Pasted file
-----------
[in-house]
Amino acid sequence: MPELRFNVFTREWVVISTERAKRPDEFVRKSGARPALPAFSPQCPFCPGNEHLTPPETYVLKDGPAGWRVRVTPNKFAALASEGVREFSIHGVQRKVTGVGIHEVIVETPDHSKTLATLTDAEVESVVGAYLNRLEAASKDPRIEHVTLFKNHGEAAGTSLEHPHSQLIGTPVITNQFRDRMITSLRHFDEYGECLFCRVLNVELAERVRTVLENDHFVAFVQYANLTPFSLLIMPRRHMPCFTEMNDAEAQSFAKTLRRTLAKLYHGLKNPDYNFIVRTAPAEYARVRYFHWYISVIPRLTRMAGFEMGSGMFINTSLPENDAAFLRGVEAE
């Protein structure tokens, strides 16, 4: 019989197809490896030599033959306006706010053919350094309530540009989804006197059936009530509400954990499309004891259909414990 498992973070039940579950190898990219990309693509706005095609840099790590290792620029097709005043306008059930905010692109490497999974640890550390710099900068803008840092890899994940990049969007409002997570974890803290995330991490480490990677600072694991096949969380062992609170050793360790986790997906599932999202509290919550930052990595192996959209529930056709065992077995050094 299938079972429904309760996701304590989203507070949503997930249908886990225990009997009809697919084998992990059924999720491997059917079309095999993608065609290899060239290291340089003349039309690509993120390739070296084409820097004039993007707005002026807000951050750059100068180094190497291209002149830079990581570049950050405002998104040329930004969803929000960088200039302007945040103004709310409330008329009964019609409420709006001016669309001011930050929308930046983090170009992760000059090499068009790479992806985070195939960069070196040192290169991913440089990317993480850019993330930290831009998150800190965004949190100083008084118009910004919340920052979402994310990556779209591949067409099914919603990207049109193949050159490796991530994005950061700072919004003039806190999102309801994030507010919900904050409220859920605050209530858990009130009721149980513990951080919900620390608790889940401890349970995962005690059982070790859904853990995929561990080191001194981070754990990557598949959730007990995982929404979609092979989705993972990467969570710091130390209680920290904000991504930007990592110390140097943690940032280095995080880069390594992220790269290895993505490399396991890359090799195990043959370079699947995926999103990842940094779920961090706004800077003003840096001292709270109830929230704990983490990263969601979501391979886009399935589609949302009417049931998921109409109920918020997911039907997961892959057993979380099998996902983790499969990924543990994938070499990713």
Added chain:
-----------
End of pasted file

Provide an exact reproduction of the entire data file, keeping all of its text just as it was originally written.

[in-house]
Amino acid sequence: MPELRFNVFTREWVVISTERAKRPDEFVRKSGARPALPAFSPQCPFCPGNEHLTPPETYVLKDGPAGWRVRVTPNKFAALASEGVREFSIHGVQRKVTGVGIHEVIVETPDHSKTLATLTDAEVESVVGAYLNRLEAASKDPRIEHVTLFKNHGEAAGTSLEHPHSQLIGTPVITNQFRDRMITSLRHFDEYGECLFCRVLNVELAERVRTVLENDHFVAFVQYANLTPFSLLIMPRRHMPCFTEMNDAEAQSFAKTLRRTLAKLYHGLKNPDYNFIVRTAPAEYARVRYFHWYISVIPRLTRMAGFEMGSGMFINTSLPENDAAFLRGVEAE
């Protein structure tokens, strides 16, 4: 019989197809490896030599033959306006706010053919350094309530540009989804006197059936009530509400954990499309004891259909414990 498992973070039940579950190898990219990309693509706005095609840099790590290792620029097709005043306008059930905010692109490497999974640890550390710099900068803008840092890899994940990049969007409002997570974890803290995330991490480490990677600072694991096949969380062992609170050793360790986790997906599932999202509290919550930052990595192996959209529930056709065992077995050094 299938079972429904309760996701304590989203507070949503997930249908886990225990009997009809697919084998992990059924999720491997059917079309095999993608065609290899060239290291340089003349039309690509993120390739070296084409820097004039993007707005002026807000951050750059100068180094190497291209002149830079990581570049950050405002998104040329930004969803929000960088200039302007945040103004709310409330008329009964019609409420709006001016669309001011930050929308930046983090170009992760000059090499068009790479992806985070195939960069070196040192290169991913440089990317993480850019993330930290831009998150800190965004949190100083008084118009910004919340920052979402994310990556779209591949067409099914919603990207049109193949050159490796991530994005950061700072919004003039806190999102309801994030507010919900904050409220859920605050209530858990009130009721149980513990951080919900620390608790889940401890349970995962005690059982070790859904853990995929561990080191001194981070754990990557598949959730007990995982929404979609092979989705993972990467969570710091130390209680920290904000991504930007990592110390140097943690940032280095995080880069390594992220790269290895993505490399396991890359090799195990043959370079699947995926999103990842940094779920961090706004800077003003840096001292709270109830929230704990983490990263969601979501391979886009399935589609949302009417049931998921109409109920918020997911039907997961892959057993979380099998996902983790499969990924543990994938070499990713």
Added chain: